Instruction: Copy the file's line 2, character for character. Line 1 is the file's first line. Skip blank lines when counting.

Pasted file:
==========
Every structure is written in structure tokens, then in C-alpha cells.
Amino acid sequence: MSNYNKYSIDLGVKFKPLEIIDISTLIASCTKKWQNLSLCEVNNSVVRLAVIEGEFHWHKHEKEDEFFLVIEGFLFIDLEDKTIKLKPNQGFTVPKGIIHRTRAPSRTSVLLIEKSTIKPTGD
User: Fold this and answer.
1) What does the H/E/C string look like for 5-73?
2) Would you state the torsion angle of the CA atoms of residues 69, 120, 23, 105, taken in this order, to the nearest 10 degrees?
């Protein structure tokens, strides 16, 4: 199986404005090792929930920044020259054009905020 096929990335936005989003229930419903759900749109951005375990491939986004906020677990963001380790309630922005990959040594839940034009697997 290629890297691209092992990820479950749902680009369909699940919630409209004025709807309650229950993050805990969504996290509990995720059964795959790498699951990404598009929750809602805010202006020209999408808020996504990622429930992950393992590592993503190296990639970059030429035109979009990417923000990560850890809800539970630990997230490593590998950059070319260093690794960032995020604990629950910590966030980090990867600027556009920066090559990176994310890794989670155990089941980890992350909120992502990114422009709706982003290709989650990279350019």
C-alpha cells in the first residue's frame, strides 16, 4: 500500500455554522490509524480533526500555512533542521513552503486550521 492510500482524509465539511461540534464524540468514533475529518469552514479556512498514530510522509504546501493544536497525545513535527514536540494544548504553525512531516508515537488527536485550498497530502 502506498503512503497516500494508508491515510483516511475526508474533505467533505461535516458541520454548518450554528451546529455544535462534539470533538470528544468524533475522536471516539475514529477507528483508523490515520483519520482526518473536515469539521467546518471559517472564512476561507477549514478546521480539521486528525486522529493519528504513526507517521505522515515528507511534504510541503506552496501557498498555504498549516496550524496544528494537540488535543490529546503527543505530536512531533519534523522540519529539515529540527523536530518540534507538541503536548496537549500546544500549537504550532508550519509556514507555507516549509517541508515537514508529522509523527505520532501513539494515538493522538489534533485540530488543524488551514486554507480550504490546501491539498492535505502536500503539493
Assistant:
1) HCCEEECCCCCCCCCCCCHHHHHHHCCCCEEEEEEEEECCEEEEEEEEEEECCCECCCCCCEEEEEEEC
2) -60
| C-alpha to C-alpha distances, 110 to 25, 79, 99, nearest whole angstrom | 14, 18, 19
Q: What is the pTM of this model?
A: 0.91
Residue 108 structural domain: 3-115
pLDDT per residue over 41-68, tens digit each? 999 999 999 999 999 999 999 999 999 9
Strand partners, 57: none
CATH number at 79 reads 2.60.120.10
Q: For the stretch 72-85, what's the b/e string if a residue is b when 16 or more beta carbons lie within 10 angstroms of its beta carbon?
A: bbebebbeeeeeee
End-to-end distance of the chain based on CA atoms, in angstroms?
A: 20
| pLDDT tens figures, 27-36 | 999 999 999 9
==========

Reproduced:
Amino acid sequence: MSNYNKYSIDLGVKFKPLEIIDISTLIASCTKKWQNLSLCEVNNSVVRLAVIEGEFHWHKHEKEDEFFLVIEGFLFIDLEDKTIKLKPNQGFTVPKGIIHRTRAPSRTSVLLIEKSTIKPTGD